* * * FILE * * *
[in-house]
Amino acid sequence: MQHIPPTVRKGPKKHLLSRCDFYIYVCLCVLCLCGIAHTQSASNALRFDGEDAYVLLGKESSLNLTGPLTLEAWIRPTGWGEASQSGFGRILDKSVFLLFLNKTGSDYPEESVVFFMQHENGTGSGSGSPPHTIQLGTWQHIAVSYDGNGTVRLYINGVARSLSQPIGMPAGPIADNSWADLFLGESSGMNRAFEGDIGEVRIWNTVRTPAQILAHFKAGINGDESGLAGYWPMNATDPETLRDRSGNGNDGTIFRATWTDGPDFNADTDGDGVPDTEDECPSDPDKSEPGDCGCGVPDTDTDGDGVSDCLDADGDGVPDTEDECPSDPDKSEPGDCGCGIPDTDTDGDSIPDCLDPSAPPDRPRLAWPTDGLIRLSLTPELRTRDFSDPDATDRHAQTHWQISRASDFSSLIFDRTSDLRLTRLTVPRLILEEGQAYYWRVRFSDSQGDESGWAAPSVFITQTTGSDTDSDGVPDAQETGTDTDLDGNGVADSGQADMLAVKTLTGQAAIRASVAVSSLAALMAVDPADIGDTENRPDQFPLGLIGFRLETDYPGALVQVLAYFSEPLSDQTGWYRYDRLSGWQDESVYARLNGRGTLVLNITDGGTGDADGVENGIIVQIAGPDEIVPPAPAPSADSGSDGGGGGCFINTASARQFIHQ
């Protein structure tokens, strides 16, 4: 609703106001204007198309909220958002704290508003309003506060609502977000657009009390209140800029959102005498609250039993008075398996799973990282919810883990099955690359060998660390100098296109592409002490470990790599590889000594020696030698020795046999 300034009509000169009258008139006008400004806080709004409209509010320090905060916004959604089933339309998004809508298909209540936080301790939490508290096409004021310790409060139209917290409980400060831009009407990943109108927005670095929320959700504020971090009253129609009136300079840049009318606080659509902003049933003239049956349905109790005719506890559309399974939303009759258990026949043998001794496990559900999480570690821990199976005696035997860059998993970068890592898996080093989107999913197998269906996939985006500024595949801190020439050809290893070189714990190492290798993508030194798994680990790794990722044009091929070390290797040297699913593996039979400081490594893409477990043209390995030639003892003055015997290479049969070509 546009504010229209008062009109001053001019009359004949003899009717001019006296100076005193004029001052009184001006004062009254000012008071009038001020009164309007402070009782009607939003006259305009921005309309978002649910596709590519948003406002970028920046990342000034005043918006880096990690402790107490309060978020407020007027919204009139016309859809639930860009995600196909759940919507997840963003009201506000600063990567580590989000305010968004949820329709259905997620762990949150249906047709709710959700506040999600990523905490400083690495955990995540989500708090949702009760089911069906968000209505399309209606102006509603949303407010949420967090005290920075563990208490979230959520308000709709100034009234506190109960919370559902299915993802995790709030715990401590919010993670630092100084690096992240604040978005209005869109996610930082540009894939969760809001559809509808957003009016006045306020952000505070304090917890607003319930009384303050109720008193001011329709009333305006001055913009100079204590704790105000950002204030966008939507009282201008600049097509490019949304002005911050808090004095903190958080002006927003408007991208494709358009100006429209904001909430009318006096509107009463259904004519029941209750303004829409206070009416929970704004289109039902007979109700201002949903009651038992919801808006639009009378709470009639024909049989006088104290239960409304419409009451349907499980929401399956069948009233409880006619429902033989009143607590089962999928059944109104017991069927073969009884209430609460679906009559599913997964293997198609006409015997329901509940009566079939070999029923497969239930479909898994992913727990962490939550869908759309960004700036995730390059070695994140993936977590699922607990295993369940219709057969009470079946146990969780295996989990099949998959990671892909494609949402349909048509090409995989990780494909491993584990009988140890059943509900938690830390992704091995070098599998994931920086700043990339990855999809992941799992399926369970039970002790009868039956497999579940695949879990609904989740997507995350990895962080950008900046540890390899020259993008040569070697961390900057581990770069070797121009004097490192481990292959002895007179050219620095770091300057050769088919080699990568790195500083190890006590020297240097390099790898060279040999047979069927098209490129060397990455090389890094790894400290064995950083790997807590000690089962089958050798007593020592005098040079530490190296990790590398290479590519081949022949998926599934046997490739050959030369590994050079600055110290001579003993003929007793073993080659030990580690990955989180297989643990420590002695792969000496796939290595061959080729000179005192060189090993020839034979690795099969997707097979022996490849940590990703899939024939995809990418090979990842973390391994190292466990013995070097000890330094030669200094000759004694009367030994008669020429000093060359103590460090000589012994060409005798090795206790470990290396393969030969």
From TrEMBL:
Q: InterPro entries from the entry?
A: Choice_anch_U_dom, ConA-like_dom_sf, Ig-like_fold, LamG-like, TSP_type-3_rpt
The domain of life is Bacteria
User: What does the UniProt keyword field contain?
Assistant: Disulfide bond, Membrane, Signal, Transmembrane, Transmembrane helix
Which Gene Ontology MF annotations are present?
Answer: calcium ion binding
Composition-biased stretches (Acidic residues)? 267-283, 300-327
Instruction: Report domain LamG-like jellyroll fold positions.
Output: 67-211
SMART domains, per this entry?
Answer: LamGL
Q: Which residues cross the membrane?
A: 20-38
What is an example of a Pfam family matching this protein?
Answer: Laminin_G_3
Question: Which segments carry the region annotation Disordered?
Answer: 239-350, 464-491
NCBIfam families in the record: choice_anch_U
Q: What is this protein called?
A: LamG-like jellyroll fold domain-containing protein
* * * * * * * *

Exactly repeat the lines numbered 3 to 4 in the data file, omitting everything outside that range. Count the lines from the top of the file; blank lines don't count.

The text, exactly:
């Protein structure tokens, strides 16, 4: 609703106001204007198309909220958002704290508003309003506060609502977000657009009390209140800029959102005498609250039993008075398996799973990282919810883990099955690359060998660390100098296109592409002490470990790599590889000594020696030698020795046999 300034009509000169009258008139006008400004806080709004409209509010320090905060916004959604089933339309998004809508298909209540936080301790939490508290096409004021310790409060139209917290409980400060831009009407990943109108927005670095929320959700504020971090009253129609009136300079840049009318606080659509902003049933003239049956349905109790005719506890559309399974939303009759258990026949043998001794496990559900999480570690821990199976005696035997860059998993970068890592898996080093989107999913197998269906996939985006500024595949801190020439050809290893070189714990190492290798993508030194798994680990790794990722044009091929070390290797040297699913593996039979400081490594893409477990043209390995030639003892003055015997290479049969070509 546009504010229209008062009109001053001019009359004949003899009717001019006296100076005193004029001052009184001006004062009254000012008071009038001020009164309007402070009782009607939003006259305009921005309309978002649910596709590519948003406002970028920046990342000034005043918006880096990690402790107490309060978020407020007027919204009139016309859809639930860009995600196909759940919507997840963003009201506000600063990567580590989000305010968004949820329709259905997620762990949150249906047709709710959700506040999600990523905490400083690495955990995540989500708090949702009760089911069906968000209505399309209606102006509603949303407010949420967090005290920075563990208490979230959520308000709709100034009234506190109960919370559902299915993802995790709030715990401590919010993670630092100084690096992240604040978005209005869109996610930082540009894939969760809001559809509808957003009016006045306020952000505070304090917890607003319930009384303050109720008193001011329709009333305006001055913009100079204590704790105000950002204030966008939507009282201008600049097509490019949304002005911050808090004095903190958080002006927003408007991208494709358009100006429209904001909430009318006096509107009463259904004519029941209750303004829409206070009416929970704004289109039902007979109700201002949903009651038992919801808006639009009378709470009639024909049989006088104290239960409304419409009451349907499980929401399956069948009233409880006619429902033989009143607590089962999928059944109104017991069927073969009884209430609460679906009559599913997964293997198609006409015997329901509940009566079939070999029923497969239930479909898994992913727990962490939550869908759309960004700036995730390059070695994140993936977590699922607990295993369940219709057969009470079946146990969780295996989990099949998959990671892909494609949402349909048509090409995989990780494909491993584990009988140890059943509900938690830390992704091995070098599998994931920086700043990339990855999809992941799992399926369970039970002790009868039956497999579940695949879990609904989740997507995350990895962080950008900046540890390899020259993008040569070697961390900057581990770069070797121009004097490192481990292959002895007179050219620095770091300057050769088919080699990568790195500083190890006590020297240097390099790898060279040999047979069927098209490129060397990455090389890094790894400290064995950083790997807590000690089962089958050798007593020592005098040079530490190296990790590398290479590519081949022949998926599934046997490739050959030369590994050079600055110290001579003993003929007793073993080659030990580690990955989180297989643990420590002695792969000496796939290595061959080729000179005192060189090993020839034979690795099969997707097979022996490849940590990703899939024939995809990418090979990842973390391994190292466990013995070097000890330094030669200094000759004694009367030994008669020429000093060359103590460090000589012994060409005798090795206790470990290396393969030969």
From TrEMBL: